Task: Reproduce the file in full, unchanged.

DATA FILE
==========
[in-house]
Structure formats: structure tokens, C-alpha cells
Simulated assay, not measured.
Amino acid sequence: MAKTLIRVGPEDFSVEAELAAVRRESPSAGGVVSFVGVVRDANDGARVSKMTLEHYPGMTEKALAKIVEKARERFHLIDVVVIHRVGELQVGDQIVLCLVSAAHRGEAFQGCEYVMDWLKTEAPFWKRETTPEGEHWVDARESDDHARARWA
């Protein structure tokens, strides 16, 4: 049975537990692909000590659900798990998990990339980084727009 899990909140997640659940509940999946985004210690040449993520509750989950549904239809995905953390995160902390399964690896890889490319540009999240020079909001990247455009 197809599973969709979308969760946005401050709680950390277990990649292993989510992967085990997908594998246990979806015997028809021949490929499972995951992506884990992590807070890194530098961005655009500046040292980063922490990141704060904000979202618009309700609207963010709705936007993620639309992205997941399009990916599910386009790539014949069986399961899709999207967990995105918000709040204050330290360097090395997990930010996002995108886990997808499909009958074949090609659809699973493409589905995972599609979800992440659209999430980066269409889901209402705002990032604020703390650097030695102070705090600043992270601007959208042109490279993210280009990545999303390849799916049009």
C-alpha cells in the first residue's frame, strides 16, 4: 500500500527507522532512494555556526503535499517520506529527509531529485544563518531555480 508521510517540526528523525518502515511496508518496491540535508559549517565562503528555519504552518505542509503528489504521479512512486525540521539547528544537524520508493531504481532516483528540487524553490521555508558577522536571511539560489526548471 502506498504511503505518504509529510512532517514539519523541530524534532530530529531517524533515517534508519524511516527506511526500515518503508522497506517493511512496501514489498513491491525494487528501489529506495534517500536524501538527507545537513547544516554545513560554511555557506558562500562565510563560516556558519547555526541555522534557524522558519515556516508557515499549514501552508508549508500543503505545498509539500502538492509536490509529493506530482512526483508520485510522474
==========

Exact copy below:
[in-house]
Structure formats: structure tokens, C-alpha cells
Simulated assay, not measured.
Amino acid sequence: MAKTLIRVGPEDFSVEAELAAVRRESPSAGGVVSFVGVVRDANDGARVSKMTLEHYPGMTEKALAKIVEKARERFHLIDVVVIHRVGELQVGDQIVLCLVSAAHRGEAFQGCEYVMDWLKTEAPFWKRETTPEGEHWVDARESDDHARARWA
């Protein structure tokens, strides 16, 4: 049975537990692909000590659900798990998990990339980084727009 899990909140997640659940509940999946985004210690040449993520509750989950549904239809995905953390995160902390399964690896890889490319540009999240020079909001990247455009 197809599973969709979308969760946005401050709680950390277990990649292993989510992967085990997908594998246990979806015997028809021949490929499972995951992506884990992590807070890194530098961005655009500046040292980063922490990141704060904000979202618009309700609207963010709705936007993620639309992205997941399009990916599910386009790539014949069986399961899709999207967990995105918000709040204050330290360097090395997990930010996002995108886990997808499909009958074949090609659809699973493409589905995972599609979800992440659209999430980066269409889901209402705002990032604020703390650097030695102070705090600043992270601007959208042109490279993210280009990545999303390849799916049009």
C-alpha cells in the first residue's frame, strides 16, 4: 500500500527507522532512494555556526503535499517520506529527509531529485544563518531555480 508521510517540526528523525518502515511496508518496491540535508559549517565562503528555519504552518505542509503528489504521479512512486525540521539547528544537524520508493531504481532516483528540487524553490521555508558577522536571511539560489526548471 502506498504511503505518504509529510512532517514539519523541530524534532530530529531517524533515517534508519524511516527506511526500515518503508522497506517493511512496501514489498513491491525494487528501489529506495534517500536524501538527507545537513547544516554545513560554511555557506558562500562565510563560516556558519547555526541555522534557524522558519515556516508557515499549514501552508508549508500543503505545498509539500502538492509536490509529493506530482512526483508520485510522474